Romance fraud victim: “They were beautiful women and I was suckered in”
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A man who was conned out of £25,000 by two women he met on a dating website is urging people not to send money to anyone they meet online.
Tony, 50, is separated from his wife and has two teenage children. When the country went into lockdown in March 2020, he joined online dating site Plenty of Fish.
He soon started chatting to two women, Jess and Sabina, and quickly struck up a bond with them both.
The conversations left the regulated confines of the dating site and Tony began video calling the women via Skype, with the chats becoming “full on”.
Jess told him she was living with her grandfather in Cumbria after splitting from her partner and was in the process of selling her house, leaving her short of money.
Initially, Jess asked for small amounts of cash, usually £50 or £60 a time. Tony said he “didn’t think anything of it”.
Wisely, he insisted that he would only send money to an account registered at a UK bank.
Tony said: “When you are intimate with someone online, it seems real, like a normal relationship. She was promising to pay me back with interest, and it seemed like I would get my money back.
“I’d arranged to see her but she didn’t show up a couple of times after I’d paid her train fare. I was suckered in.
“It was dribs and drabs of money. She told me she’d had people at her door, that she owed rent. The biggest payment was for £300.”
However, relations with Jess soured when Tony accidently sent her a picture of Sabina – the other woman he’d been talking to.
Sabina told Tony she’d moved to the UK from Ghana and had also been pressuring him to deposit cash into her account.
Over the course of six months, Tony transferred £25,000 to the two women, with the majority going to Jess.
Jess told Tony she’d uncovered Sabina’s contact details and threatened to expose Sabina to her family.
When the threats started, Tony blocked both of them from contacting him and called the police.
Armed with a crime reference number, he informed his bank and, to his surprise, they refunded all the money. The account Sabina had been using was also closed.
Tony said: “I looked at the situation and thought I’d been a fool. I was going to write the money off but I thought I’d get the police and bank involved and they were brilliant.
“They were beautiful women and I was suckered in. It’s just natural to be drawn in. I think a lot of men would have done exactly the same.
“I thought I was in love with them both. I wasn’t thinking straight.”
Tony hopes that by sharing his experience, he can encourage other men in a similar situation to contact the police.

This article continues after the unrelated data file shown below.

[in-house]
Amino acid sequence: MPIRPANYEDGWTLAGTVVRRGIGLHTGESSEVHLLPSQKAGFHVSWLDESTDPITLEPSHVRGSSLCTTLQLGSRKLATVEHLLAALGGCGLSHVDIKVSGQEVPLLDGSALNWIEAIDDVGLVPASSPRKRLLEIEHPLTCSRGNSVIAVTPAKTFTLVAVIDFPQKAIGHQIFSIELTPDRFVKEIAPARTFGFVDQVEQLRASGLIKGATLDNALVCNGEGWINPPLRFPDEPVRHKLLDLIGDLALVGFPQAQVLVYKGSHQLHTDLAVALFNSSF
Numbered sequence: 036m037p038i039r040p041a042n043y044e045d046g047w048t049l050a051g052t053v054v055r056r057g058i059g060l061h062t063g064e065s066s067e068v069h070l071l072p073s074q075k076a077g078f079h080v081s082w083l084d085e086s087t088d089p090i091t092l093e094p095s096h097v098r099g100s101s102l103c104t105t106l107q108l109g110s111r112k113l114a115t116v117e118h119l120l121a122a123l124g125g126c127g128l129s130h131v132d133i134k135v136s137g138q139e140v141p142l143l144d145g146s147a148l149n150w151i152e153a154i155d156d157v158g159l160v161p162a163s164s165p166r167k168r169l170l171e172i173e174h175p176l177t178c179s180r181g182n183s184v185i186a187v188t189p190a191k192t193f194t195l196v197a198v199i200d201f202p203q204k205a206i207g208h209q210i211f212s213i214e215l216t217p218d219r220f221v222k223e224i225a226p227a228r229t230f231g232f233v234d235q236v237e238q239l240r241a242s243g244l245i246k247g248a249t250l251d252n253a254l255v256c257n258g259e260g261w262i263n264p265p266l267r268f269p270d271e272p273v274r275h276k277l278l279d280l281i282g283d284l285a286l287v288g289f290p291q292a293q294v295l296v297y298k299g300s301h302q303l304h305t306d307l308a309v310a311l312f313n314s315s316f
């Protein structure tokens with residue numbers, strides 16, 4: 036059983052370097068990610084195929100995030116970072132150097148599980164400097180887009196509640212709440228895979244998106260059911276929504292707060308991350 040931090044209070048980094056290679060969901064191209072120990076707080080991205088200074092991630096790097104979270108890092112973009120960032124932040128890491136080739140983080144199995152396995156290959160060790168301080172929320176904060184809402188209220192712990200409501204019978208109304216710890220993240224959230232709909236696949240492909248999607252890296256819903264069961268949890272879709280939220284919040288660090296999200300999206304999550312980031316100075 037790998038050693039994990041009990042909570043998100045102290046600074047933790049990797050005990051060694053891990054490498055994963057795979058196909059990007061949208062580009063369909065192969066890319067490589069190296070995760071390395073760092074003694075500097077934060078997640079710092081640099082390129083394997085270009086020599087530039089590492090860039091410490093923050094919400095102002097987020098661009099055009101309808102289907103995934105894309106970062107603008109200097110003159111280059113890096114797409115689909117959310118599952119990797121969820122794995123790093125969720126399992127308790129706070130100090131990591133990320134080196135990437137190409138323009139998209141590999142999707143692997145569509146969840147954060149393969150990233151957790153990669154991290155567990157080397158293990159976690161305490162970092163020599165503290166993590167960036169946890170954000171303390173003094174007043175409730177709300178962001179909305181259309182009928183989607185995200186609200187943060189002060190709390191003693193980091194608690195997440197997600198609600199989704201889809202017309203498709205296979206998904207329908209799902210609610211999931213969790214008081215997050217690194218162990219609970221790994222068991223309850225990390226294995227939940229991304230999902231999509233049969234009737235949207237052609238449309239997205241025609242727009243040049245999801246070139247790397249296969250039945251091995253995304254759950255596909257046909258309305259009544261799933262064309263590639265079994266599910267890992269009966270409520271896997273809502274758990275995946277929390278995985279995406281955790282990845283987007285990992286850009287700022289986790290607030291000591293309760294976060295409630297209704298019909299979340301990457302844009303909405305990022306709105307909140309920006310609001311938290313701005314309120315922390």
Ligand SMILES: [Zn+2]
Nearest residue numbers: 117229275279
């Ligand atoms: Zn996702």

He said: “Fraudsters can make a lot of money, so men definitely aren’t sharp to it. The fraudsters are trained to take people in. It’s a terrible thing to happen to you and I’m glad it’s all over.”
Tony has simple advice for anyone who is asked for money by someone they meet online:
“Do not pay a penny to anyone before meeting them in real life. No matter how sincere the story seems, don’t give them anything."
Chloe Rudd established the victim support group Tony attends during her time as the Prevent and Protect Fraud Officer for Essex.
Chloe said it is estimated that only 20% of frauds are reported and that people need to arm themselves with the knowledge that may prevent them from becoming victims.
She said: “People don’t report fraud because they’re embarrassed and blame themselves, but fraud criminals are doing this all day, every day and become very good at it.
“Criminals spend time researching their targets to build a profile so the victim will feel they have lots in common. They then use this to manipulate them. It’s more targeted and organised than people realise. It’s big business.
“Dating sites can be a great way to meet new people, but people can make sure they are protecting themselves by following some straightforward fraud prevention advice.
“If you’re talking on a dating site, don’t leave the chat platform. If people start asking for money, the site can get involved.
“Do a reverse image search of the person you’re talking to and if you’re having a video chat, get them to hold up a piece of paper with a word you’ve chosen on it.
“A lot of fraud works by pressuring someone to make a decision they wouldn’t normally make by either making a time-limited offer or panicking people into having to do something now.
“Do your research, take time to think about what it is you’re being asked to do and what information you’re being asked to provide. Just take however long it takes you to make an informed decision.”
Chloe also said that the perception that romance fraud is a crime where the victims are predominantly middle-aged women is no longer true, and that victims are now being asked to do more than just send money.
“It’s becoming closer to a 50-50 split between men and women and the gap is narrowing. We’re seeing a lot of younger people falling victim and we’re seeing different types of crime like blackmail and money laundering.
“We had a lady come to the group who’s been defrauded using cryptocurrency and foreign exchange trading. These all have links to organised crime and we want people understand how serious the consequences can be.”
If you believe you’ve been a victim of romance fraud, call us on 101. For other forms of fraud, you can also contact Action Fraud – the national fraud and cybercrime reporting centre – by clicking on the link or calling 0300 123 2040.